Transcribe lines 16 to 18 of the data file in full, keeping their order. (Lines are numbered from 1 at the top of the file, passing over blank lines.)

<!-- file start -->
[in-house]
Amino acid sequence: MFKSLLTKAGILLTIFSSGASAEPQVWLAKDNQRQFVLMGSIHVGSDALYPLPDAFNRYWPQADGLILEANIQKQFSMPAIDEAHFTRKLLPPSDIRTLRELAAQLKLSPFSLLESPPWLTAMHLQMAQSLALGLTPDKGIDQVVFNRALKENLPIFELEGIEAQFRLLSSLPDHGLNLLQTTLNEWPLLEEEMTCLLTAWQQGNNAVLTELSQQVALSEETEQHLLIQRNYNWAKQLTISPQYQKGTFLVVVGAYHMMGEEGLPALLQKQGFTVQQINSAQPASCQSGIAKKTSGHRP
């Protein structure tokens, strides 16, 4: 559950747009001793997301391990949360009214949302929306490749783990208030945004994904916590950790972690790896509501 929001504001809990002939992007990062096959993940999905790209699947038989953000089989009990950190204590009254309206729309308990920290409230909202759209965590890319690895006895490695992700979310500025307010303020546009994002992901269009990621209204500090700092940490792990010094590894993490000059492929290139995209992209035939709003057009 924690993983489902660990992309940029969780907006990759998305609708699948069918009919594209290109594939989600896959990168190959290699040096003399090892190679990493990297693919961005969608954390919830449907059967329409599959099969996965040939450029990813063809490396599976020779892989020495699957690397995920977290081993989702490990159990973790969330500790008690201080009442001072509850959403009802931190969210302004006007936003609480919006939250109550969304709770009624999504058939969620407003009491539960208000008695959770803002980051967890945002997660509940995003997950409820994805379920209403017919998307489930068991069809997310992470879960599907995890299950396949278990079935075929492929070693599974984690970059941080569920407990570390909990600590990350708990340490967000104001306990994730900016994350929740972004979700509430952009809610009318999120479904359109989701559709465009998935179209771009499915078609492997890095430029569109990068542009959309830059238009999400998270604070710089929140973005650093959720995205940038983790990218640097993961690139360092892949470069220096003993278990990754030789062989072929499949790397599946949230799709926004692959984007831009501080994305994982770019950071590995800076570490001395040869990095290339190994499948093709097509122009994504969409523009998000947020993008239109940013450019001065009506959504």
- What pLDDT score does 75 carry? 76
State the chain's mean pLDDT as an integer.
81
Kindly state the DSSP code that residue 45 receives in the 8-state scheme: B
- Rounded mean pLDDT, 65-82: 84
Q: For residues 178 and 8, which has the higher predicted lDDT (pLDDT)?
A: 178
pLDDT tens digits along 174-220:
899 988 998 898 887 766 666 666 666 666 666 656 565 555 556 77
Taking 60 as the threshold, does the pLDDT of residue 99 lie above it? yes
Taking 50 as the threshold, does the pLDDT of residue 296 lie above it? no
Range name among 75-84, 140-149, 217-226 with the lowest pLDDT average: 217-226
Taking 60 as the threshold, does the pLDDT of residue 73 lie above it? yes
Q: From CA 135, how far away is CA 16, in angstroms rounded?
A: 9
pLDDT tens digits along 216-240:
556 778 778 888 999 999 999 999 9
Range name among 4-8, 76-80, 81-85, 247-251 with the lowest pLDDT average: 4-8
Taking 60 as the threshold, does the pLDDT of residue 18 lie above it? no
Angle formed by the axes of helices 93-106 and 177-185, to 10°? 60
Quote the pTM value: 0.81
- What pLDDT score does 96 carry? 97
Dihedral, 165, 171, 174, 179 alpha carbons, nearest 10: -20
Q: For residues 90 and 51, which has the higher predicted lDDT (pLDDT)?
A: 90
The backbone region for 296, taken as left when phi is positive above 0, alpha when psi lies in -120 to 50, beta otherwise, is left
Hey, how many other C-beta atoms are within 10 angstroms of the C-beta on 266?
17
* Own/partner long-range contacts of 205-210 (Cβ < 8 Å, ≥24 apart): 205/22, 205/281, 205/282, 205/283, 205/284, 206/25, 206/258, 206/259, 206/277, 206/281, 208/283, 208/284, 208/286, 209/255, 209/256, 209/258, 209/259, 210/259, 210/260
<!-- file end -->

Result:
Taking 60 as the threshold, does the pLDDT of residue 73 lie above it? yes
Q: From CA 135, how far away is CA 16, in angstroms rounded?
A: 9